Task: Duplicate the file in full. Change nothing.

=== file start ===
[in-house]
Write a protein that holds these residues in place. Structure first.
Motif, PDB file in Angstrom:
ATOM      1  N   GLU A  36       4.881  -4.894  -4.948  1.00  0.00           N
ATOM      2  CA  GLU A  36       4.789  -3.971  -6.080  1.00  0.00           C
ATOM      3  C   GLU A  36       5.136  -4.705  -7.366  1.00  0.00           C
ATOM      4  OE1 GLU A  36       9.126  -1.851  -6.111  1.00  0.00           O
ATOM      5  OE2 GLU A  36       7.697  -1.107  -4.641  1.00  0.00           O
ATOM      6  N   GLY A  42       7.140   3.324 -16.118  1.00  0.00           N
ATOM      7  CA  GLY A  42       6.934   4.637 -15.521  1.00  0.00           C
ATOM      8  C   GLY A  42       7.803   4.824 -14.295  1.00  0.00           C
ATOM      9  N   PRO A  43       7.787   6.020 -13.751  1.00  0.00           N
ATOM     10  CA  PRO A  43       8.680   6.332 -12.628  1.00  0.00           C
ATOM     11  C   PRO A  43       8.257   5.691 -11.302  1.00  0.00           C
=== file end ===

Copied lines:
[in-house]
Write a protein that holds these residues in place. Structure first.
Motif, PDB file in Angstrom:
ATOM      1  N   GLU A  36       4.881  -4.894  -4.948  1.00  0.00           N
ATOM      2  CA  GLU A  36       4.789  -3.971  -6.080  1.00  0.00           C
ATOM      3  C   GLU A  36       5.136  -4.705  -7.366  1.00  0.00           C
ATOM      4  OE1 GLU A  36       9.126  -1.851  -6.111  1.00  0.00           O
ATOM      5  OE2 GLU A  36       7.697  -1.107  -4.641  1.00  0.00           O
ATOM      6  N   GLY A  42       7.140   3.324 -16.118  1.00  0.00           N
ATOM      7  CA  GLY A  42       6.934   4.637 -15.521  1.00  0.00           C
ATOM      8  C   GLY A  42       7.803   4.824 -14.295  1.00  0.00           C
ATOM      9  N   PRO A  43       7.787   6.020 -13.751  1.00  0.00           N
ATOM     10  CA  PRO A  43       8.680   6.332 -12.628  1.00  0.00           C
ATOM     11  C   PRO A  43       8.257   5.691 -11.302  1.00  0.00           C